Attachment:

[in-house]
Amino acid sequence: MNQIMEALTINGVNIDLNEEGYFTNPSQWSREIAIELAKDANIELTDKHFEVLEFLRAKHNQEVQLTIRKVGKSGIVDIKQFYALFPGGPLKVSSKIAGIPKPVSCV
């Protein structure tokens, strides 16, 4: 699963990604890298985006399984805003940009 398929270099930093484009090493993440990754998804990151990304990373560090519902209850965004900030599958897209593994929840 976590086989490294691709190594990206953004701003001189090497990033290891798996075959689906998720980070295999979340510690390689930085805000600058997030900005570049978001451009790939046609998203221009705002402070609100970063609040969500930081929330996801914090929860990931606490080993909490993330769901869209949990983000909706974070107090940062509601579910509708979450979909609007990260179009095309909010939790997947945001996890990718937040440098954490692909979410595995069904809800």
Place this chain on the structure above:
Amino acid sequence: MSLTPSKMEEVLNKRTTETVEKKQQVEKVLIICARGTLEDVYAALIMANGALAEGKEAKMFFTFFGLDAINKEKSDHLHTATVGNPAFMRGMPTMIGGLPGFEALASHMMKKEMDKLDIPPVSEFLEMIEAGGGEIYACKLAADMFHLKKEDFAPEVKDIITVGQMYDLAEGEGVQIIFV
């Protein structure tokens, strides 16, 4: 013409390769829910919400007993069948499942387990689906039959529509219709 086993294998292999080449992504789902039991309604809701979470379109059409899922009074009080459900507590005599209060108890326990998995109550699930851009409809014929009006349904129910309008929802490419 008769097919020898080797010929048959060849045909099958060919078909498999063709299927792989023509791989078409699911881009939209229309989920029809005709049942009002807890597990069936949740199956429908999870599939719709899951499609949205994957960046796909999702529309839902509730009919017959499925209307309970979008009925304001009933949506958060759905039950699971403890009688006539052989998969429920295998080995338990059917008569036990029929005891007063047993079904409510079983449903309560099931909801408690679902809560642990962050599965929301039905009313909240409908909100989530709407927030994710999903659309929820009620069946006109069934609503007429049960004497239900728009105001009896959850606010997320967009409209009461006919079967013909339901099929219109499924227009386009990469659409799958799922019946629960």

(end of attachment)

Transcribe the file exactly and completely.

[in-house]
Amino acid sequence: MNQIMEALTINGVNIDLNEEGYFTNPSQWSREIAIELAKDANIELTDKHFEVLEFLRAKHNQEVQLTIRKVGKSGIVDIKQFYALFPGGPLKVSSKIAGIPKPVSCV
């Protein structure tokens, strides 16, 4: 699963990604890298985006399984805003940009 398929270099930093484009090493993440990754998804990151990304990373560090519902209850965004900030599958897209593994929840 976590086989490294691709190594990206953004701003001189090497990033290891798996075959689906998720980070295999979340510690390689930085805000600058997030900005570049978001451009790939046609998203221009705002402070609100970063609040969500930081929330996801914090929860990931606490080993909490993330769901869209949990983000909706974070107090940062509601579910509708979450979909609007990260179009095309909010939790997947945001996890990718937040440098954490692909979410595995069904809800």
Place this chain on the structure above:
Amino acid sequence: MSLTPSKMEEVLNKRTTETVEKKQQVEKVLIICARGTLEDVYAALIMANGALAEGKEAKMFFTFFGLDAINKEKSDHLHTATVGNPAFMRGMPTMIGGLPGFEALASHMMKKEMDKLDIPPVSEFLEMIEAGGGEIYACKLAADMFHLKKEDFAPEVKDIITVGQMYDLAEGEGVQIIFV
């Protein structure tokens, strides 16, 4: 013409390769829910919400007993069948499942387990689906039959529509219709 086993294998292999080449992504789902039991309604809701979470379109059409899922009074009080459900507590005599209060108890326990998995109550699930851009409809014929009006349904129910309008929802490419 008769097919020898080797010929048959060849045909099958060919078909498999063709299927792989023509791989078409699911881009939209229309989920029809005709049942009002807890597990069936949740199956429908999870599939719709899951499609949205994957960046796909999702529309839902509730009919017959499925209307309970979008009925304001009933949506958060759905039950699971403890009688006539052989998969429920295998080995338990059917008569036990029929005891007063047993079904409510079983449903309560099931909801408690679902809560642990962050599965929301039905009313909240409908909100989530709407927030994710999903659309929820009620069946006109069934609503007429049960004497239900728009105001009896959850606010997320967009409209009461006919079967013909339901099929219109499924227009386009990469659409799958799922019946629960």